There are no official numbers,14,001 Hindus and 46,610 Sikhs returned themselves as 'Nirankaris'. [5]


In the early 1800s the Nirankaris began to believe that their fellow Sikhs had become lax in their practice of nam-simaran (remembrance of the divine Name), and had fallen back into the ritualistic practices of Hinduism. They revived the focus on inner repetition of the name via the mantra: dhan dhan Nirankar (Glory, glory to the Formless One!) They rejected all gods and goddesses (usually of the Hindu pantheon) and all types of offerings made to them. Similarly they rejected all Brahmanical rites and rituals and pilgrimages. For example they do not bury the dead, as do Muslims, nor do they cremate them in what they consider to be the Hindu manner, they simply throw the bodies of their dead into a river. They believed that the death of one's human form is an event to be rejoiced and not mourned. They do not drink any wine or alcoholic beverages, smoke tobacco or eat any meat. The Nirankaris believed that women are not impure at childbirth, that marriages and other important events should not be arranged according to the predictions of paid astrologers, that dowries should not be publicly displayed, and that no fee should be charged for performing ceremonies (as is the custom for Brahmin priests). They believed and emphasized the formless aspect of the divine: Nirankar, hence their name. However the key belief that questions their orthodoxy is their belief in the continuation of the line of human Gurus after Guru Gobind Singh. They therefore do not believe in the orthodox view of the Adi Granth being the last and only eternal Guru for all Sikhs.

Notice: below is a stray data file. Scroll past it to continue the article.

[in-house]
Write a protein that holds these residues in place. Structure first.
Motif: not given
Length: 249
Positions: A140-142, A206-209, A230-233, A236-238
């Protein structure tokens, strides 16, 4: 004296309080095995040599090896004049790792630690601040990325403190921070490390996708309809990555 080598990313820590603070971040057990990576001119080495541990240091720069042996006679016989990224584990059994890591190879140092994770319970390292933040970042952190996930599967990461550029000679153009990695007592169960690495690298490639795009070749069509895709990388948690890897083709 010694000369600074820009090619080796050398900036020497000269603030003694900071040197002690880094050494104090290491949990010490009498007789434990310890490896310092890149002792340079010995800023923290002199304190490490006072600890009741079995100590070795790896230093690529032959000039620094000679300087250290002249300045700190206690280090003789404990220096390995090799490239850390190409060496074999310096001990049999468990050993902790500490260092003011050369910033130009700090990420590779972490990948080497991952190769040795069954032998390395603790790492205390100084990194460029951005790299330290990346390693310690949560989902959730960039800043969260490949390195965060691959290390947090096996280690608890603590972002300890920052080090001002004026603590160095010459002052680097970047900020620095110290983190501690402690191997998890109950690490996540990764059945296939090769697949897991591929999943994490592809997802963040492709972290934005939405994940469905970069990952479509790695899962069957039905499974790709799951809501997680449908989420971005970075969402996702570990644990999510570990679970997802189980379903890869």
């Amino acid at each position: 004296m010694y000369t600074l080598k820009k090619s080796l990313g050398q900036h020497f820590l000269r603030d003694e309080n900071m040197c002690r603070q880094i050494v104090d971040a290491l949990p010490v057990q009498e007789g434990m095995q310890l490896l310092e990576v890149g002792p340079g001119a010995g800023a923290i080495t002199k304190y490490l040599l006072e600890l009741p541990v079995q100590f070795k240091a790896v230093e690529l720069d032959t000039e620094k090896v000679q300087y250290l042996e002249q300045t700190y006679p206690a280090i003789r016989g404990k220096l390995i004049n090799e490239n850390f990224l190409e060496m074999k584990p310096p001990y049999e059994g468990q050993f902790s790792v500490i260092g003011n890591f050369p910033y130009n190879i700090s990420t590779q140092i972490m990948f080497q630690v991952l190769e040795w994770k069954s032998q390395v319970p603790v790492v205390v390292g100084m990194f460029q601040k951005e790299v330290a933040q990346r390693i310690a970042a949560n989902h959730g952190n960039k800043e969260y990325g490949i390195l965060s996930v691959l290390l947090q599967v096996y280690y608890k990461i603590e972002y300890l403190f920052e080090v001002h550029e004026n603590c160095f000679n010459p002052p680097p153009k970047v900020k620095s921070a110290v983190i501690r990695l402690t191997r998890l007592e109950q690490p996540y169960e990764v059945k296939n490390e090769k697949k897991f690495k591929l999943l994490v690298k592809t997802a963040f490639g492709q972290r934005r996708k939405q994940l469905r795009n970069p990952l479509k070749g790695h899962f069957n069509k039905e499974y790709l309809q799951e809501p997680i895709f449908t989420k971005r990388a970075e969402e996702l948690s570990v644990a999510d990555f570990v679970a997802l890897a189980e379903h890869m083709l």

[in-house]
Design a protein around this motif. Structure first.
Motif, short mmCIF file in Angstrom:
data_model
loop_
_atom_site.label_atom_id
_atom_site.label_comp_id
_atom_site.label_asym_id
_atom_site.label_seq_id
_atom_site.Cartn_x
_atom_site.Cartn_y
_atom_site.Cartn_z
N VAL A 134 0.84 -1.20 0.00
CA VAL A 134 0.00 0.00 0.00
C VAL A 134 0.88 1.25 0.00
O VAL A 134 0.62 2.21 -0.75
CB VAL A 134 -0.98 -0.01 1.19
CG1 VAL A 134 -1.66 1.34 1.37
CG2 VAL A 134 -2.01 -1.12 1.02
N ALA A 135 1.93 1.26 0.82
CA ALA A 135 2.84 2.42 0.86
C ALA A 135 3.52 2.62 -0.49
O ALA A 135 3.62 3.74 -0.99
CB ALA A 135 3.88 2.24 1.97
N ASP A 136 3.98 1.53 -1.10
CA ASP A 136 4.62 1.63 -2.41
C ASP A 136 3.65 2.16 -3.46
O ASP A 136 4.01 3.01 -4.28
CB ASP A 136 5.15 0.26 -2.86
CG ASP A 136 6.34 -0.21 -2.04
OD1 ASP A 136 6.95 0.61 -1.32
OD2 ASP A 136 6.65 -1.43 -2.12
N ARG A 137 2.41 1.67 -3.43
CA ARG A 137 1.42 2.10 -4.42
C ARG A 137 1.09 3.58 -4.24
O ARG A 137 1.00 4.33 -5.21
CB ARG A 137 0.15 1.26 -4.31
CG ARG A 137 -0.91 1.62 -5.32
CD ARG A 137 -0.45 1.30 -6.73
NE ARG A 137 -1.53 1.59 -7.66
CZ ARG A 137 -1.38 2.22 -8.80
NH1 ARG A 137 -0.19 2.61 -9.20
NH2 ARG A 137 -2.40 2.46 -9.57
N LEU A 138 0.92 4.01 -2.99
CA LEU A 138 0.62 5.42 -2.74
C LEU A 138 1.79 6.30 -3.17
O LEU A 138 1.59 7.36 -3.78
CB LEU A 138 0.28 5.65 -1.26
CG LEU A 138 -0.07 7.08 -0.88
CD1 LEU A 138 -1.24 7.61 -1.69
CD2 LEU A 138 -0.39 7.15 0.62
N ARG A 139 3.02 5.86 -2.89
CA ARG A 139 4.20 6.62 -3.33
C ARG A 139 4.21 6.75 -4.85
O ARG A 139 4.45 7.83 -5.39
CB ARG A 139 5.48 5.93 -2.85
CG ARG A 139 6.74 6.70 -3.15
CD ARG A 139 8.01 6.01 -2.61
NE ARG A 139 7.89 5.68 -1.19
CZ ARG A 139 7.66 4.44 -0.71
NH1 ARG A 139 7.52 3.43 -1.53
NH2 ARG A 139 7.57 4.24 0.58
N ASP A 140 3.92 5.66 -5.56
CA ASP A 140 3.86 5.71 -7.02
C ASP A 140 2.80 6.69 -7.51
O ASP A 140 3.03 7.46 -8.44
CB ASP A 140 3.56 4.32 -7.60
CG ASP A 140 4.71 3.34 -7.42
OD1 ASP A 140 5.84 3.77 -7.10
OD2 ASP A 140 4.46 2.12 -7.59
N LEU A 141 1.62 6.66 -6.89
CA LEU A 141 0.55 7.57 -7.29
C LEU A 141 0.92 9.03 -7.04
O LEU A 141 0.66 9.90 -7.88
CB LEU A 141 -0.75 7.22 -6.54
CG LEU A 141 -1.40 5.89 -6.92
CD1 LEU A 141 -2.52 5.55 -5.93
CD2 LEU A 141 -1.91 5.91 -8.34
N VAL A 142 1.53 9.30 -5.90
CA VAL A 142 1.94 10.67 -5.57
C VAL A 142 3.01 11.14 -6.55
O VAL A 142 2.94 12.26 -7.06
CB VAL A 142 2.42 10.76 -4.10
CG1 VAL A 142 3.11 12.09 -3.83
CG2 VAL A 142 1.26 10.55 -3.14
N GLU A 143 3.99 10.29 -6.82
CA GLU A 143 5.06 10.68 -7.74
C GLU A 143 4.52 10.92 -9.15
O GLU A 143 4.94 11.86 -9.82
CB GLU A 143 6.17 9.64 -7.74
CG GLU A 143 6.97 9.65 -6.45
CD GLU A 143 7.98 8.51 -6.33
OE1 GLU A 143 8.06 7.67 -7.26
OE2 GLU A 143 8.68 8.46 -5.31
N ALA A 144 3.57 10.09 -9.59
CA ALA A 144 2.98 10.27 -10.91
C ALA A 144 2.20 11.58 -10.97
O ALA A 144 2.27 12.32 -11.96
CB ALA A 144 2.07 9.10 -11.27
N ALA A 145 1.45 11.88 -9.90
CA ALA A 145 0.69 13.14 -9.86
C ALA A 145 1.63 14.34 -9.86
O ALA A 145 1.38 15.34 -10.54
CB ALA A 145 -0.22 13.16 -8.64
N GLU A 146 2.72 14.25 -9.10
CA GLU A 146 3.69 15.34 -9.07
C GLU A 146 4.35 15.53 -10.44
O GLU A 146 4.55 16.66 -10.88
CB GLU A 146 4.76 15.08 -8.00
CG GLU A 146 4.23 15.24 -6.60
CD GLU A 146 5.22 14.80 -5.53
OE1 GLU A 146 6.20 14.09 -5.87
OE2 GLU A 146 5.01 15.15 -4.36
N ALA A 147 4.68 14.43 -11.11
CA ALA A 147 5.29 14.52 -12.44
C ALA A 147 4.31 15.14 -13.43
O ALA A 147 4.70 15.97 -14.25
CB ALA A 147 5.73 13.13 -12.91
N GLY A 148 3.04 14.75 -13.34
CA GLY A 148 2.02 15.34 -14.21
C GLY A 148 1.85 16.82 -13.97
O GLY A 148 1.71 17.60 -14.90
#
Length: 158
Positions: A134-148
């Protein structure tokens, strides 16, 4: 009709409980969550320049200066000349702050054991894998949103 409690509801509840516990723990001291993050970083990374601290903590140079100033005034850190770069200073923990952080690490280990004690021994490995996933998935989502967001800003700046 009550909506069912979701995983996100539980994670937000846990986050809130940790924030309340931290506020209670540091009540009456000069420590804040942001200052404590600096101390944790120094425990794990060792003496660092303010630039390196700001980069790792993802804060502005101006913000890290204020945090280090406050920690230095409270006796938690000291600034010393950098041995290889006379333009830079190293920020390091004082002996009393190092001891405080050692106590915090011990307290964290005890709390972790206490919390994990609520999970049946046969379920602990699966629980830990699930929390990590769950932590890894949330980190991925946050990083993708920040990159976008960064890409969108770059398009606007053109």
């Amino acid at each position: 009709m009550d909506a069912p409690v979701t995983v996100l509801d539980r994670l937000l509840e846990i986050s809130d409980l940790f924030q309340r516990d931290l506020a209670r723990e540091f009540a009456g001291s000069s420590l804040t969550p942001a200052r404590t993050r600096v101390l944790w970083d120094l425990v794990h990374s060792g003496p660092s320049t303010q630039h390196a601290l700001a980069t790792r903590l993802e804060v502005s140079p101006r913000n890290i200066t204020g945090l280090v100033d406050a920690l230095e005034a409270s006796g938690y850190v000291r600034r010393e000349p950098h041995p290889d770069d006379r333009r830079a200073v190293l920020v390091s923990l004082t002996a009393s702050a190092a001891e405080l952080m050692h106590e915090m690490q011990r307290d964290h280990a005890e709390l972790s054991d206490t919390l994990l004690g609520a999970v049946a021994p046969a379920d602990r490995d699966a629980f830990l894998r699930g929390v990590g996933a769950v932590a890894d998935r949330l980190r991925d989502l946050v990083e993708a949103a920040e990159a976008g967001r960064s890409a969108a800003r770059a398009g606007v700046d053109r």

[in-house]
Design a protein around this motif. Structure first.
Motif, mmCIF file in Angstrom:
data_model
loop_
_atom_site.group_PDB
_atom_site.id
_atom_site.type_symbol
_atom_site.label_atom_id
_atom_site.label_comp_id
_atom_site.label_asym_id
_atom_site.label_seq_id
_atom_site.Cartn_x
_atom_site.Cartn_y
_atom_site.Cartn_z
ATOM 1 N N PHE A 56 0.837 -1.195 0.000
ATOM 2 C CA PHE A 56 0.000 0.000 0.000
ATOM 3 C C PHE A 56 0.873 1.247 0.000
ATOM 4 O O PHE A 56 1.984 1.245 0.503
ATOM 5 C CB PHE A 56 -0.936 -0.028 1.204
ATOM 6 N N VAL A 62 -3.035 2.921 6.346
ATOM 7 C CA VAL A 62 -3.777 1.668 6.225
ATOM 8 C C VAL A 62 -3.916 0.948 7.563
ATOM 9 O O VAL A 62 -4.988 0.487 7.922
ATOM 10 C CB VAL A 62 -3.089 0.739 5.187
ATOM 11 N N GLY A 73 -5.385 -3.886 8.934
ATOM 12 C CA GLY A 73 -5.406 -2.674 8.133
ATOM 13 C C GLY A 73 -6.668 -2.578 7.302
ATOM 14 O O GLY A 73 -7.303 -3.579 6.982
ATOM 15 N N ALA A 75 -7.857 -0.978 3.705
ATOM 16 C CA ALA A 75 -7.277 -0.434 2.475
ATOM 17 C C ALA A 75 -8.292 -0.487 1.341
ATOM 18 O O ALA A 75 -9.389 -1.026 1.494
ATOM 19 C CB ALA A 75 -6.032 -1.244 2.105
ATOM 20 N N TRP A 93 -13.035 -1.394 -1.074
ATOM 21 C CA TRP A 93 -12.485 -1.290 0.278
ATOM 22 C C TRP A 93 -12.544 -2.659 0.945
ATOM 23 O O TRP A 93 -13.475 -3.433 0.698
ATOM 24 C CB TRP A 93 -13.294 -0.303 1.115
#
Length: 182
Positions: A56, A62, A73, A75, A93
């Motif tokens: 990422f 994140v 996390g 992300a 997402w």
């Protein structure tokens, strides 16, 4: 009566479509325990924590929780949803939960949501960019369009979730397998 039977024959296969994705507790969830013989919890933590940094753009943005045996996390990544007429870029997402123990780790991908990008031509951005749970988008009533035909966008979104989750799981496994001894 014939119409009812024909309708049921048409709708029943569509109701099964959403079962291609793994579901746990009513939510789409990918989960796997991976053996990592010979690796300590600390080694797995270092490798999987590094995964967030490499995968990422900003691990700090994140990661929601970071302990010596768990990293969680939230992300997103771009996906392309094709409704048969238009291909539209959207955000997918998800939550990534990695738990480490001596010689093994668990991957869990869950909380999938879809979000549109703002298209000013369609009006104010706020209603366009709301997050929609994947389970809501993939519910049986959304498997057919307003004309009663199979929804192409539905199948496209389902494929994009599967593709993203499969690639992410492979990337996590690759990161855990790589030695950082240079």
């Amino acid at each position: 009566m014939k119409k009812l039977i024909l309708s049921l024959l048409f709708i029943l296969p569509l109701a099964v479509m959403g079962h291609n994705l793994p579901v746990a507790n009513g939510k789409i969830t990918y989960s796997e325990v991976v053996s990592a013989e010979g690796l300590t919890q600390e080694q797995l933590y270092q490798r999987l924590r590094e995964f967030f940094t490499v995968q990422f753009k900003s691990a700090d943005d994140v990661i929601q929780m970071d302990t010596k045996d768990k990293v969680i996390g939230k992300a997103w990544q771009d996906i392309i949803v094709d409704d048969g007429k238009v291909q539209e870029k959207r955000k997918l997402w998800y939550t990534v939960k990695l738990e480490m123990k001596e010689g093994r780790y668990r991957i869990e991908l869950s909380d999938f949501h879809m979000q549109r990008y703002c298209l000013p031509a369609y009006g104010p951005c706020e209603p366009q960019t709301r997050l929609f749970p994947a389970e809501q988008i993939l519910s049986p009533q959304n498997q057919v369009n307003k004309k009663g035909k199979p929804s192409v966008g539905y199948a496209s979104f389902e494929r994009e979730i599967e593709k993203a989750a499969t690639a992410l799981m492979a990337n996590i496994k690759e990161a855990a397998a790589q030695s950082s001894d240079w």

1. ^ "Nirankari". Encyclopedia Britannica. Retrieved 20 December 2014. 
  2. ^ (Census of India, 1891, Vol.XX, and vol.XXI, The Punjab and its Feudatories, by Sir Edward Douglas MacLagan, Part II and III, Calcutta, 1892, pp. & 826–9 and pp.& 572–3.)
  3. ^ a b c McLeod, W.H. Textual Sources for the Study of Sikhism Manchester University Press ND, 1984
  4. ^ Cole, William Owen; The Sikhs: their religious beliefs and practices Sussex Academic Press, 1995
  5. ^ (Census of India, 1891, Vol.XX, and vol.XXI, The Punjab and its Feudatories, by Sir Edward Douglas MacLagan, Part II and III, Calcutta, 1892, pp. & 826–9 and pp.& 572–3.)